98% of people can't score all 9000 points on this picture reveal game about famous paintings! Can you?

By: Narra Jackson
Image: Test Hero Credit

About This Quiz

These paintings have hung on the walls of some of the most prestigious museums and decorated many fine art books. How well do you know fine art? Find out by playing this game!

Starry Night is actually a depiction of Van Gogh's view from an asylum. After experiencing a mental breakdown in the winter of 1888, Van Gogh checked himself into the Saint-Paul-De-Mausole asylum near the Saint-Remy-de-Provence. This view became the basis of his most iconic work. Historians argue whether or not the village depicted in this painting is inspired by his homeland in the Netherlands.

Water Lilies by Claude Monet is not one painting by Monet; the title refers to a series by him. He is referred to as the father of French Impressionism. Over the course of the series, Monet painted countless individual water lilies in around 250 oil paintings!

Leonardo da Vinci did not actually choose this subject matter. This piece was commissioned by the Duke of Milan. The food on the table is not just bread and wine. During the 1999 restoration of this piece, they discovered that the table also holds a platter of sliced eel, garnished with pieces of orange.

The Persistence of Memory was painted in the midst of a hallucination. Around 1931, when Dali created this painting, he had perfected his "paranoiac-critical method." The artist would try to enter a meditative state of self-induced psychotic hallucinations so that he could make what he referred to as "hand-painted dream photographs."

Bathers at Asnieres is one of the largest-scale compositions created by Georges Seurat. This was Seurat's first painting to be exhibited at the Society of Independent Artists. Georges Seurat died at a very young age, just 32, but during his lifetime he created a revolution in the history of art. He pioneered a new way of painting and a new style of art.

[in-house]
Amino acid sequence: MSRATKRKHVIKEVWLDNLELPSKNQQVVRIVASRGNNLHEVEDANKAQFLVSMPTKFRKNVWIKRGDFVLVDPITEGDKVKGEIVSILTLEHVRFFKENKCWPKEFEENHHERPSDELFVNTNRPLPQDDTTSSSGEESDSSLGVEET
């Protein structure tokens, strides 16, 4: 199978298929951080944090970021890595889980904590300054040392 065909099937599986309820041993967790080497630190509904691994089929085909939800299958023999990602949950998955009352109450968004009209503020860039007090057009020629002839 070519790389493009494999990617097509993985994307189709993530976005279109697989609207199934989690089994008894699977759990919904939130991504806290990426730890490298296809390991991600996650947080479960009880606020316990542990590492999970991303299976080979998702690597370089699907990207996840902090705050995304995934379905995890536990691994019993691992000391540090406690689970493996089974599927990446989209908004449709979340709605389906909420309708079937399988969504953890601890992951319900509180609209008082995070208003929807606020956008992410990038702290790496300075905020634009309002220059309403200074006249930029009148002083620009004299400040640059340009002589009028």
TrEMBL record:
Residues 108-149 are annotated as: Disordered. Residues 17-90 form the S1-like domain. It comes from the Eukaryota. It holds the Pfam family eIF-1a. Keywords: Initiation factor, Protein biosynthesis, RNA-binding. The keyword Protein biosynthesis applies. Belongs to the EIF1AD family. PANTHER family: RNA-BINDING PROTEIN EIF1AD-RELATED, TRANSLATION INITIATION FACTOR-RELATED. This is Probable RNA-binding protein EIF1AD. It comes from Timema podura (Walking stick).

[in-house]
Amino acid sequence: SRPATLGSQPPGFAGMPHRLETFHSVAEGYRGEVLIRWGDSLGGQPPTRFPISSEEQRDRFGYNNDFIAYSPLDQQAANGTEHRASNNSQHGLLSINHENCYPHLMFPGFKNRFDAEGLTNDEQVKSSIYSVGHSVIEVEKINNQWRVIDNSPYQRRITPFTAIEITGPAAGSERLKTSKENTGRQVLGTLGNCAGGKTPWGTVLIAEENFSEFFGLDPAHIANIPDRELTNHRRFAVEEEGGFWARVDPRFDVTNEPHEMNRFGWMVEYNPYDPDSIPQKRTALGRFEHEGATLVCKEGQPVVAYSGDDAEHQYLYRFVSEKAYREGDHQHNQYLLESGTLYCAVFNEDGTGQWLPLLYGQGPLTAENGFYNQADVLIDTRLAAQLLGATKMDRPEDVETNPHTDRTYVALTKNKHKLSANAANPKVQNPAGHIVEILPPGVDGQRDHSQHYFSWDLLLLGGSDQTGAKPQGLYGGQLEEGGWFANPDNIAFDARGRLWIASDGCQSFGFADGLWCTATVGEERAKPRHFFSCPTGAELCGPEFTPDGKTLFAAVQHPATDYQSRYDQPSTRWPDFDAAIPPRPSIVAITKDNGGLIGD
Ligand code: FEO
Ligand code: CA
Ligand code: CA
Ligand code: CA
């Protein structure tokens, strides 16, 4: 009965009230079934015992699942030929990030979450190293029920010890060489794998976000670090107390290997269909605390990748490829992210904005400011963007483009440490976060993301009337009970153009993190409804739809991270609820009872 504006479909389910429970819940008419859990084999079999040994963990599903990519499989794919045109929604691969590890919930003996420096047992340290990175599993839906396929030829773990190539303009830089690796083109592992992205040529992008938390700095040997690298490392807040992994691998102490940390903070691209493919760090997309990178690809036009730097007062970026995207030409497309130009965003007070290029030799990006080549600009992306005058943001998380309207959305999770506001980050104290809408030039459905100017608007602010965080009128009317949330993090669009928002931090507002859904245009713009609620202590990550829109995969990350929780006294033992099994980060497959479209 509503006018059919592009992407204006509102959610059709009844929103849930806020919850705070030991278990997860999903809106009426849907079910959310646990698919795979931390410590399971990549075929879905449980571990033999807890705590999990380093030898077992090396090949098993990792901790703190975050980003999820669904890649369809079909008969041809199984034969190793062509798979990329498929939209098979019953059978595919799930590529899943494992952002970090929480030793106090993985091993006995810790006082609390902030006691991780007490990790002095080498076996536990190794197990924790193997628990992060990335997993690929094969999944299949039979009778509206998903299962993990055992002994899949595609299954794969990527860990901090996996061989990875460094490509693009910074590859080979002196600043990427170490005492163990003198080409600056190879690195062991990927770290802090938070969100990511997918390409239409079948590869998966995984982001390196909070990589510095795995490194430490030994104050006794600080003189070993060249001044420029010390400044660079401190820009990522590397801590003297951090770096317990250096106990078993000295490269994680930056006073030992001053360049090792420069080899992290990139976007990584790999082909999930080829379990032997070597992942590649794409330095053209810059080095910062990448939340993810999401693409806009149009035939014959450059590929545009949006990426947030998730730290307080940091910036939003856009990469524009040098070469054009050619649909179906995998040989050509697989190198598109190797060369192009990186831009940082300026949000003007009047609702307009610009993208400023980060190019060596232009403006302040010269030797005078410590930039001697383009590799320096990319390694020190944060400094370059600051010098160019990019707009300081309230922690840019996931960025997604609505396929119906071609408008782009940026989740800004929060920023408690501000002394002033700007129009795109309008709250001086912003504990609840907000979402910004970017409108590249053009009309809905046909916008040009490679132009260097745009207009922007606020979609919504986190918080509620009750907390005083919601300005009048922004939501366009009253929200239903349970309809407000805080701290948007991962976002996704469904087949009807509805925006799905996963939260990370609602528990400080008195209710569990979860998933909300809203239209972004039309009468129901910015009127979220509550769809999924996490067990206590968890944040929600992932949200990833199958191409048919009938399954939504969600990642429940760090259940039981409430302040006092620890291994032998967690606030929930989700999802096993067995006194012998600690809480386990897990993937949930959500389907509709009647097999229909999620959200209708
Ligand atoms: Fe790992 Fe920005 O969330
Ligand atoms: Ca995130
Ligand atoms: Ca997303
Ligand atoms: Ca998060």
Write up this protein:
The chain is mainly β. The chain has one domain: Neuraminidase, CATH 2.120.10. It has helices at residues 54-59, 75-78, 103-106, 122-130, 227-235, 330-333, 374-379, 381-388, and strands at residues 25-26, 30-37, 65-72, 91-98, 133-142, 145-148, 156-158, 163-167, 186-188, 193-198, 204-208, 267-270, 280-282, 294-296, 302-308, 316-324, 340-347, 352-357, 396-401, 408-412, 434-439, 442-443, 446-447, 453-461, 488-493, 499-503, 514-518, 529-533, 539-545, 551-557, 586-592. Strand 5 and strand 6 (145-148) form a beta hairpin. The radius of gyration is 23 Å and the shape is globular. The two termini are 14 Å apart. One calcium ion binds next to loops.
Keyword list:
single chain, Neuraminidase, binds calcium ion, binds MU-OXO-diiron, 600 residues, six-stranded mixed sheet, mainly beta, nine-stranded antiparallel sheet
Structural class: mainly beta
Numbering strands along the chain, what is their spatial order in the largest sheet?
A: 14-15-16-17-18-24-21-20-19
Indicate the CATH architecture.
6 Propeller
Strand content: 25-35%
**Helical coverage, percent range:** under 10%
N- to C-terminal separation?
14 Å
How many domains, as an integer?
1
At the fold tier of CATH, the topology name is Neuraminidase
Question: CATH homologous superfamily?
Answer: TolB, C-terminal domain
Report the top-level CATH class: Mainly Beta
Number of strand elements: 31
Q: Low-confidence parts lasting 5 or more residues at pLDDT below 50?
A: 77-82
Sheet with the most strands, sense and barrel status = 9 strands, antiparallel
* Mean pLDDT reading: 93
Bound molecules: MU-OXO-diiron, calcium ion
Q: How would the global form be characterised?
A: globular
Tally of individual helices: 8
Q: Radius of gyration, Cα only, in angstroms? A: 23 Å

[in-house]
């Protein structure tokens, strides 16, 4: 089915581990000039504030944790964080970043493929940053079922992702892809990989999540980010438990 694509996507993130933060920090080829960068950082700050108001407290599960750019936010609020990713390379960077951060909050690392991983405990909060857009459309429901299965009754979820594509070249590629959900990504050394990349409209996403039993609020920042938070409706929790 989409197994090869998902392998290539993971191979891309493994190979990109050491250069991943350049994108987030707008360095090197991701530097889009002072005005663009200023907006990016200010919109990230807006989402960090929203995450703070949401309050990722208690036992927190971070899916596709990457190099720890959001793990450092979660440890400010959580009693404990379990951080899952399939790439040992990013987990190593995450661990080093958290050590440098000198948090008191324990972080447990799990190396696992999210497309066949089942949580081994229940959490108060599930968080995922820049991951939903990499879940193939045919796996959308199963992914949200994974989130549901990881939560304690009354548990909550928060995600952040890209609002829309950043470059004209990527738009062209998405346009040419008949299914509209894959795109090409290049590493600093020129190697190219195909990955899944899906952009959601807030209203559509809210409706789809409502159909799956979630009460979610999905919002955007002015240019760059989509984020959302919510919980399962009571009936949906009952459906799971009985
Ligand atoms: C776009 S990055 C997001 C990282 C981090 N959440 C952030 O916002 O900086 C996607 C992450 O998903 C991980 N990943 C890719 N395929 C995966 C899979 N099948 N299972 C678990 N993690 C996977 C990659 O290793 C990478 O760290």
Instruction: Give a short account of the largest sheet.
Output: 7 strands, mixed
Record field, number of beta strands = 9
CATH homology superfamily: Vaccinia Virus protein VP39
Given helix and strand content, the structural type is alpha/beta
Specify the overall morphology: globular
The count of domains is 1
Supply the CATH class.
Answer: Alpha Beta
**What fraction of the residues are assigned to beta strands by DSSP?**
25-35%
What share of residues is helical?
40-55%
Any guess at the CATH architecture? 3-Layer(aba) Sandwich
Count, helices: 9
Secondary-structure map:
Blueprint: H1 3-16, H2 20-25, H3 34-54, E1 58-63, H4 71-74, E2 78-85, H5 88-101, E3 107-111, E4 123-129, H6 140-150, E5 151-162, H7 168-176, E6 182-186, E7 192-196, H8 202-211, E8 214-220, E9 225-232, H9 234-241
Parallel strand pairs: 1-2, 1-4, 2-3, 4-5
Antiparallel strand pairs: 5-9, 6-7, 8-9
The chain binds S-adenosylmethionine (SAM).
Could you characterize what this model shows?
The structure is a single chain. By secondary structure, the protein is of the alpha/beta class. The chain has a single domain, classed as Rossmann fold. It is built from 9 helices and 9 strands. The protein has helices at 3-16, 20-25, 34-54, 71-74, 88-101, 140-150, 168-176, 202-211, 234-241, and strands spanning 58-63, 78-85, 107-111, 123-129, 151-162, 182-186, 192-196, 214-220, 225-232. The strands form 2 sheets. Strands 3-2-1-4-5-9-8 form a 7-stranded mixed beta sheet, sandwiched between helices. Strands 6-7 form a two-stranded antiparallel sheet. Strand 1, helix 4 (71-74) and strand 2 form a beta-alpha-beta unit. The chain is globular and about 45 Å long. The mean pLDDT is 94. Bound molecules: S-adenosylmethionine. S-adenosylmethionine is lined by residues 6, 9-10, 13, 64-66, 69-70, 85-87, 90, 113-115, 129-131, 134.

If you look closely at A Sunday Afternoon on the Island of La Grande Jatte, you will see that the painting is actually made up of millions of different dots. This was the first of its kind. Seurat became the father of Pointillism and of Neo-Impressionism. He actually preferred to call his technique "chromo-luminarism," a term he felt better stressed its focus on color and light.

The Harlequin's Carnival was painted between 1924-1925, by Joan Miro. It is one of the best surrealist paintings by this artist and it is preserved in the Albright-Knox Art Gallery in Buffalo, New York. Harlequin is the name of a well-known Italian comic theater character that is generally identified by his checkered costume. The 'carnival' part of the title may refer to Mardi Gras, the celebration that happens before the fasting of Lent begins.

A popular reading of Nighthawks, by Edward Hopper, is that it is a depiction of characters that are separated from the outside world by the light and windows Hopper carefully rendered. There is no visible door which would allow the viewer entry into this lonely nighttime world. For Hopper, the painting was actually about feeling alone in a crowd. Much of his work depicts the isolation that can be felt amid the bustle of New York City.